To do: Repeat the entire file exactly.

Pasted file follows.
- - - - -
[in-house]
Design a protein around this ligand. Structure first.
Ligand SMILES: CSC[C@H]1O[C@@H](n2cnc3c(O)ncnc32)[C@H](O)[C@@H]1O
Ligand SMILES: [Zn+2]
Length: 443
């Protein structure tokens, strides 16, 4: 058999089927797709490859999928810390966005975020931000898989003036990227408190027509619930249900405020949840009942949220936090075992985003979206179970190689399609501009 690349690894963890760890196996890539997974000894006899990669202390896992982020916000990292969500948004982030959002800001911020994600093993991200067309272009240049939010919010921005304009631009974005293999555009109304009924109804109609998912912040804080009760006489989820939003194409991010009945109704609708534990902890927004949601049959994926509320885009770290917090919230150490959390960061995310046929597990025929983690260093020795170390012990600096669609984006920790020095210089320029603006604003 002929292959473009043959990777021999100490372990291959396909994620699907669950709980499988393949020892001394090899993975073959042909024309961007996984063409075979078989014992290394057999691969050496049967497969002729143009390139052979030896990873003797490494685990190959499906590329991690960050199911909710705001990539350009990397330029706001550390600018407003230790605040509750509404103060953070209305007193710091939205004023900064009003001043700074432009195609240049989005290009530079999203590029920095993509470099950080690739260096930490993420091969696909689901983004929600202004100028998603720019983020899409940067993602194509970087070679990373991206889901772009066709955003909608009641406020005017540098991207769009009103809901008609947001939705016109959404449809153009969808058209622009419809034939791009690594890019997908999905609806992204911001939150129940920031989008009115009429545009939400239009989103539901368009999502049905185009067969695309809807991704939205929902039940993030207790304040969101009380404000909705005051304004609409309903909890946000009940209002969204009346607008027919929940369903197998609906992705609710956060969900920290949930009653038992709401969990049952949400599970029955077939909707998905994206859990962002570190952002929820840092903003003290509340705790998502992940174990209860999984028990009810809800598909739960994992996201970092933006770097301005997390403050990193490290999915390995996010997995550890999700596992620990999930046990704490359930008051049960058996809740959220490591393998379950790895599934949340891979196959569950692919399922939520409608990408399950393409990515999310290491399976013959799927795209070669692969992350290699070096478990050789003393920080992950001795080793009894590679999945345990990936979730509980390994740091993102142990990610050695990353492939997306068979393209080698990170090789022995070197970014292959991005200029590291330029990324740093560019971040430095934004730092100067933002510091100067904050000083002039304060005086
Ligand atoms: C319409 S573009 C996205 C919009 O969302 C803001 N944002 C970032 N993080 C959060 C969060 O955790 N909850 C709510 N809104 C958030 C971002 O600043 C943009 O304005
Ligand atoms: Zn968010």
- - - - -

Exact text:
[in-house]
Design a protein around this ligand. Structure first.
Ligand SMILES: CSC[C@H]1O[C@@H](n2cnc3c(O)ncnc32)[C@H](O)[C@@H]1O
Ligand SMILES: [Zn+2]
Length: 443
């Protein structure tokens, strides 16, 4: 058999089927797709490859999928810390966005975020931000898989003036990227408190027509619930249900405020949840009942949220936090075992985003979206179970190689399609501009 690349690894963890760890196996890539997974000894006899990669202390896992982020916000990292969500948004982030959002800001911020994600093993991200067309272009240049939010919010921005304009631009974005293999555009109304009924109804109609998912912040804080009760006489989820939003194409991010009945109704609708534990902890927004949601049959994926509320885009770290917090919230150490959390960061995310046929597990025929983690260093020795170390012990600096669609984006920790020095210089320029603006604003 002929292959473009043959990777021999100490372990291959396909994620699907669950709980499988393949020892001394090899993975073959042909024309961007996984063409075979078989014992290394057999691969050496049967497969002729143009390139052979030896990873003797490494685990190959499906590329991690960050199911909710705001990539350009990397330029706001550390600018407003230790605040509750509404103060953070209305007193710091939205004023900064009003001043700074432009195609240049989005290009530079999203590029920095993509470099950080690739260096930490993420091969696909689901983004929600202004100028998603720019983020899409940067993602194509970087070679990373991206889901772009066709955003909608009641406020005017540098991207769009009103809901008609947001939705016109959404449809153009969808058209622009419809034939791009690594890019997908999905609806992204911001939150129940920031989008009115009429545009939400239009989103539901368009999502049905185009067969695309809807991704939205929902039940993030207790304040969101009380404000909705005051304004609409309903909890946000009940209002969204009346607008027919929940369903197998609906992705609710956060969900920290949930009653038992709401969990049952949400599970029955077939909707998905994206859990962002570190952002929820840092903003003290509340705790998502992940174990209860999984028990009810809800598909739960994992996201970092933006770097301005997390403050990193490290999915390995996010997995550890999700596992620990999930046990704490359930008051049960058996809740959220490591393998379950790895599934949340891979196959569950692919399922939520409608990408399950393409990515999310290491399976013959799927795209070669692969992350290699070096478990050789003393920080992950001795080793009894590679999945345990990936979730509980390994740091993102142990990610050695990353492939997306068979393209080698990170090789022995070197970014292959991005200029590291330029990324740093560019971040430095934004730092100067933002510091100067904050000083002039304060005086
Ligand atoms: C319409 S573009 C996205 C919009 O969302 C803001 N944002 C970032 N993080 C959060 C969060 O955790 N909850 C709510 N809104 C958030 C971002 O600043 C943009 O304005
Ligand atoms: Zn968010």